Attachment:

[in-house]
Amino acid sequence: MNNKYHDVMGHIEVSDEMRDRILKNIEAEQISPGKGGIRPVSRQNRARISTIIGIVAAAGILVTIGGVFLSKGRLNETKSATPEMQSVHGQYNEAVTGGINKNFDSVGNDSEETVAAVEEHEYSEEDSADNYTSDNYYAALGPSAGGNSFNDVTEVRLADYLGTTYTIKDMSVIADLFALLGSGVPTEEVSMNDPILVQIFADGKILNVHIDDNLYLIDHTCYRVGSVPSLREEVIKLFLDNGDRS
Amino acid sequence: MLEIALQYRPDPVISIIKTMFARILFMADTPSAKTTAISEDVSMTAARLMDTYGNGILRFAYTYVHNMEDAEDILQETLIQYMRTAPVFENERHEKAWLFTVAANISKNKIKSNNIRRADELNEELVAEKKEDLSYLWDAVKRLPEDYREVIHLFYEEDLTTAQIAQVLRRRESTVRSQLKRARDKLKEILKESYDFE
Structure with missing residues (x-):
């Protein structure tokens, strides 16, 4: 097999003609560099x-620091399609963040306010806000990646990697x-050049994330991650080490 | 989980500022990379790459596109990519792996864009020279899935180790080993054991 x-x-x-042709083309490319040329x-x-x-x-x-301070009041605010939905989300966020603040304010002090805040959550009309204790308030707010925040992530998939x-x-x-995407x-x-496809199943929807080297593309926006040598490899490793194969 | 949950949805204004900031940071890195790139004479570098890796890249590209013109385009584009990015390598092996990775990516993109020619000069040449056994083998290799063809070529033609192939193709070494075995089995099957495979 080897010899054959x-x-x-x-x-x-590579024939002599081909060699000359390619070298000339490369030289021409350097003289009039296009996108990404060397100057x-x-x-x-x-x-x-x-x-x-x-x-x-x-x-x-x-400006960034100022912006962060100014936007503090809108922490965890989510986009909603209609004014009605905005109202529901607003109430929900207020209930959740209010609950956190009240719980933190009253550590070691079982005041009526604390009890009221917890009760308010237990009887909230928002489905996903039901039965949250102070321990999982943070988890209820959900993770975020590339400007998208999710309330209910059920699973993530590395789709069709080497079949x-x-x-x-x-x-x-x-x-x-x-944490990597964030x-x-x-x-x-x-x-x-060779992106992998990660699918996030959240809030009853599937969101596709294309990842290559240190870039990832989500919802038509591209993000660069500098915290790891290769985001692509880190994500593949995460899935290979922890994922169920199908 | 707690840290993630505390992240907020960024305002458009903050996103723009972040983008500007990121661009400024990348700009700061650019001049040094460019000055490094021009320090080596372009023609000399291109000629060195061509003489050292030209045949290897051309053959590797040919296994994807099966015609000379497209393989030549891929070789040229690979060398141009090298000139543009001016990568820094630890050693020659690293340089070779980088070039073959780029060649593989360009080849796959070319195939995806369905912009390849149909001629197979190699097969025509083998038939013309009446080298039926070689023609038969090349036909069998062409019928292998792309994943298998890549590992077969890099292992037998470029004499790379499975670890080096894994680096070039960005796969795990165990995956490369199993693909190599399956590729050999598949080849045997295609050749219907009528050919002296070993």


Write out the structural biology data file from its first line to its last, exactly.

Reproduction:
[in-house]
Amino acid sequence: MNNKYHDVMGHIEVSDEMRDRILKNIEAEQISPGKGGIRPVSRQNRARISTIIGIVAAAGILVTIGGVFLSKGRLNETKSATPEMQSVHGQYNEAVTGGINKNFDSVGNDSEETVAAVEEHEYSEEDSADNYTSDNYYAALGPSAGGNSFNDVTEVRLADYLGTTYTIKDMSVIADLFALLGSGVPTEEVSMNDPILVQIFADGKILNVHIDDNLYLIDHTCYRVGSVPSLREEVIKLFLDNGDRS
Amino acid sequence: MLEIALQYRPDPVISIIKTMFARILFMADTPSAKTTAISEDVSMTAARLMDTYGNGILRFAYTYVHNMEDAEDILQETLIQYMRTAPVFENERHEKAWLFTVAANISKNKIKSNNIRRADELNEELVAEKKEDLSYLWDAVKRLPEDYREVIHLFYEEDLTTAQIAQVLRRRESTVRSQLKRARDKLKEILKESYDFE
Structure with missing residues (x-):
């Protein structure tokens, strides 16, 4: 097999003609560099x-620091399609963040306010806000990646990697x-050049994330991650080490 | 989980500022990379790459596109990519792996864009020279899935180790080993054991 x-x-x-042709083309490319040329x-x-x-x-x-301070009041605010939905989300966020603040304010002090805040959550009309204790308030707010925040992530998939x-x-x-995407x-x-496809199943929807080297593309926006040598490899490793194969 | 949950949805204004900031940071890195790139004479570098890796890249590209013109385009584009990015390598092996990775990516993109020619000069040449056994083998290799063809070529033609192939193709070494075995089995099957495979 080897010899054959x-x-x-x-x-x-590579024939002599081909060699000359390619070298000339490369030289021409350097003289009039296009996108990404060397100057x-x-x-x-x-x-x-x-x-x-x-x-x-x-x-x-x-400006960034100022912006962060100014936007503090809108922490965890989510986009909603209609004014009605905005109202529901607003109430929900207020209930959740209010609950956190009240719980933190009253550590070691079982005041009526604390009890009221917890009760308010237990009887909230928002489905996903039901039965949250102070321990999982943070988890209820959900993770975020590339400007998208999710309330209910059920699973993530590395789709069709080497079949x-x-x-x-x-x-x-x-x-x-x-944490990597964030x-x-x-x-x-x-x-x-060779992106992998990660699918996030959240809030009853599937969101596709294309990842290559240190870039990832989500919802038509591209993000660069500098915290790891290769985001692509880190994500593949995460899935290979922890994922169920199908 | 707690840290993630505390992240907020960024305002458009903050996103723009972040983008500007990121661009400024990348700009700061650019001049040094460019000055490094021009320090080596372009023609000399291109000629060195061509003489050292030209045949290897051309053959590797040919296994994807099966015609000379497209393989030549891929070789040229690979060398141009090298000139543009001016990568820094630890050693020659690293340089070779980088070039073959780029060649593989360009080849796959070319195939995806369905912009390849149909001629197979190699097969025509083998038939013309009446080298039926070689023609038969090349036909069998062409019928292998792309994943298998890549590992077969890099292992037998470029004499790379499975670890080096894994680096070039960005796969795990165990995956490369199993693909190599399956590729050999598949080849045997295609050749219907009528050919002296070993």